Mountaineer’s Remains Found on Peru’s Highest Mountain After 22 Years

Peruvian authorities announced on Tuesday that they have recovered the body of an American mountaineer, William Stampfl, who perished in an avalanche 22 years ago while attempting to ascend one of the Andes’ highest peaks with two companions.

Stampfl’s remains were discovered on Friday near a camp situated at an elevation of 17,060 feet. The 58-year-old was attempting to scale Mount Huascaran when the avalanche struck, likely claiming the lives of all three climbers.

Police stated that Stampfl’s body and clothing were remarkably preserved by the ice and frigid temperatures. His driver’s license was found within a hip pouch, also well-preserved by the cold, identifying him as a resident of Chino, California.

The effort to retrieve Stampfl’s remains commenced last week when another American climber stumbled upon the frozen body while ascending Huascaran. The climber discovered the driver’s license within the pouch, contacted Stampfl’s relatives, who then reached out to local mountain guides.

A team of 13 mountaineers, comprising five officers from an elite police unit and eight mountain guides affiliated with Grupo Alpamayo, a local tour operator specializing in Huascaran and other Andean peaks, participated in the recovery operation.

Stampfl’s body was transported down the mountain over the weekend and taken to a morgue in the city of Yungay.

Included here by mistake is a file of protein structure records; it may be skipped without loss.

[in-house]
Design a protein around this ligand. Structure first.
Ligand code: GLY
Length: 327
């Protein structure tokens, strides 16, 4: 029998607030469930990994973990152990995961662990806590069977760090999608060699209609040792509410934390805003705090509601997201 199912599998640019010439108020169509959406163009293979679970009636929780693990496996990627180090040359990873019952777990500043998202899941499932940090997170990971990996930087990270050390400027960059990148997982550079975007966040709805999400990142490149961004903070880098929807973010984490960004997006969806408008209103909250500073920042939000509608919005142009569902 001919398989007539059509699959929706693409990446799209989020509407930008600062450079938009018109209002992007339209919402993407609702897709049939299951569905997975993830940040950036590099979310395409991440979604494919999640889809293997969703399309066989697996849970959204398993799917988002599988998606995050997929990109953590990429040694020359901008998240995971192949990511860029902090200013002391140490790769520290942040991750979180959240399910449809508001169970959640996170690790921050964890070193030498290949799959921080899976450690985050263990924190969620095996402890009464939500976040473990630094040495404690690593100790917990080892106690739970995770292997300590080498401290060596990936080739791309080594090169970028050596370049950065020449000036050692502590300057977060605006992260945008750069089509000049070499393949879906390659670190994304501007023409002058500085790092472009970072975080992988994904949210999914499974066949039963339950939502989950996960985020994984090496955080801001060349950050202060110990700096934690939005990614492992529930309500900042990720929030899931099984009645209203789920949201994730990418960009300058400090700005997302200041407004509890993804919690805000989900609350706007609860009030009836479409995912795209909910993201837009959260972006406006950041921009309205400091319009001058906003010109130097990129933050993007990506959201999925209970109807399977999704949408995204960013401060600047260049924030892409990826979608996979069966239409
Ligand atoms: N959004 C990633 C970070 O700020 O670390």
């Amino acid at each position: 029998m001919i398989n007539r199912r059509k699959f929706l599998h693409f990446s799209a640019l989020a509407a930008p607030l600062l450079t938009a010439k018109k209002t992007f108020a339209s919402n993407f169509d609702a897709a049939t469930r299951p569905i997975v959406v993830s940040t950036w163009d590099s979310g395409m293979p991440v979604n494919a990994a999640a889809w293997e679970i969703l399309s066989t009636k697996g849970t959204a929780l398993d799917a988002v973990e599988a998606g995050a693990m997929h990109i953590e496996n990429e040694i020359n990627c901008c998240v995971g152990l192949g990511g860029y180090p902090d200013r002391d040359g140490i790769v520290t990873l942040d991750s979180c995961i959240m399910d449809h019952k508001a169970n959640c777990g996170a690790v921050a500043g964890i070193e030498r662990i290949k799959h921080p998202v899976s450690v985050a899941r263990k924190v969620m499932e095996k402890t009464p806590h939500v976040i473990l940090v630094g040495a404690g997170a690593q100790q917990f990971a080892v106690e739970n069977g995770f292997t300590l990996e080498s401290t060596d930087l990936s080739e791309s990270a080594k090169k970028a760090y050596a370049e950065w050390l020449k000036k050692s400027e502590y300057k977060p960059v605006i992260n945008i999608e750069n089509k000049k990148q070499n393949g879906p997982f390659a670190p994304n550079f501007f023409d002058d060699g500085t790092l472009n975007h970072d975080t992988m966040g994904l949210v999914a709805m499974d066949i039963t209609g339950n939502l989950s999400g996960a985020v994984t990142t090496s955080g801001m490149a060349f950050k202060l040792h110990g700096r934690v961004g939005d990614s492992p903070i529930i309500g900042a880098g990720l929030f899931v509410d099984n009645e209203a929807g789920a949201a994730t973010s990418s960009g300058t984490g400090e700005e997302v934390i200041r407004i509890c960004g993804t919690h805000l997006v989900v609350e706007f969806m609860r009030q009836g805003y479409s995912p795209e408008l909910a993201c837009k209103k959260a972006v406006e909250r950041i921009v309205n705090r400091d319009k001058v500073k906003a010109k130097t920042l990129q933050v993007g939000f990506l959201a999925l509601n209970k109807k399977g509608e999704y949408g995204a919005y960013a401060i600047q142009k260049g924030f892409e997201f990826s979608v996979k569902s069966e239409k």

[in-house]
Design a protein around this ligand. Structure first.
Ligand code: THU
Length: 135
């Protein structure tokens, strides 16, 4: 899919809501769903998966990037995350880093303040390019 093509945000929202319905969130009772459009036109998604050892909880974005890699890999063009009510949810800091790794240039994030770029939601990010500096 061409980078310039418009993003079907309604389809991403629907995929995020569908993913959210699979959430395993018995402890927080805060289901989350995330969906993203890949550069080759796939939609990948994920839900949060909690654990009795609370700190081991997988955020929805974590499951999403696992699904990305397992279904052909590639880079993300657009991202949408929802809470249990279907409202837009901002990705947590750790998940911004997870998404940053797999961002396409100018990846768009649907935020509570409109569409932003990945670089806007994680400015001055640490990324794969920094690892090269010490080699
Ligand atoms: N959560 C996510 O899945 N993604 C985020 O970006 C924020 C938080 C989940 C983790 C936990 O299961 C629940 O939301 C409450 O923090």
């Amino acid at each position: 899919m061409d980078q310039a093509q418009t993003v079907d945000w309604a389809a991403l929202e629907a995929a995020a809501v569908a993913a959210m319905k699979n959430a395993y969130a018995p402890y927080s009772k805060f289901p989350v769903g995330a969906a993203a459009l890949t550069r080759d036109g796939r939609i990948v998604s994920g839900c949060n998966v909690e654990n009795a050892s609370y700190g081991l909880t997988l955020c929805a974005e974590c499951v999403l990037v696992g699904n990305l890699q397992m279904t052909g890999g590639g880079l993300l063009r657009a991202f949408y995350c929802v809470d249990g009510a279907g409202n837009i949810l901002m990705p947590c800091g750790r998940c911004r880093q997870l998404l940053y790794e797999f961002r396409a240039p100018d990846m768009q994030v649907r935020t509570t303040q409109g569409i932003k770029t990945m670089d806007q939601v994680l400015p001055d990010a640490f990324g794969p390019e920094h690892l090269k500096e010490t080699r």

Eric Raul Albino, the director of Grupo Alpamayo, revealed that Stampfl’s family hired his company to recover the body from the mountain.

“The climber (who initially discovered Stampfl’s body) opened the hip pouch and noticed a driver’s license with his name and address,” Albino told The Associated Press. “He contacted the family, and they then reached out to me.”

Lenin Alvardo, one of the police officers involved in the recovery operation, described Stampfl’s clothes as mostly intact, preserved by the cold. The hip pouch containing his driver’s license also held a pair of sunglasses, a camera, a voice recorder, and two decomposing $20 bills.

“I’ve never seen anything like that,” Alvarado remarked.

Huascaran, Peru’s highest peak, attracts hundreds of climbers annually who seek to reach its summit, typically requiring a week-long expedition with local guides.

However, climate change has impacted Huascaran and surrounding peaks exceeding 5,000 meters, collectively known as the Cordillera Blanca. Official data indicates that the Cordillera Blanca has lost 27% of its ice sheet over the past five decades.

Stampfl was accompanied by his friends, Matthew Richardson and Steve Erskine, when they attempted to climb Huascaran in 2002. The trio had travelled the globe, conquering challenging mountains, including Kilimanjaro, Rainier, and Shasta, according to a report by the Los Angeles Times at the time.

Erskine’s body was recovered shortly after the avalanche on Huascaran, but Richardson remains missing.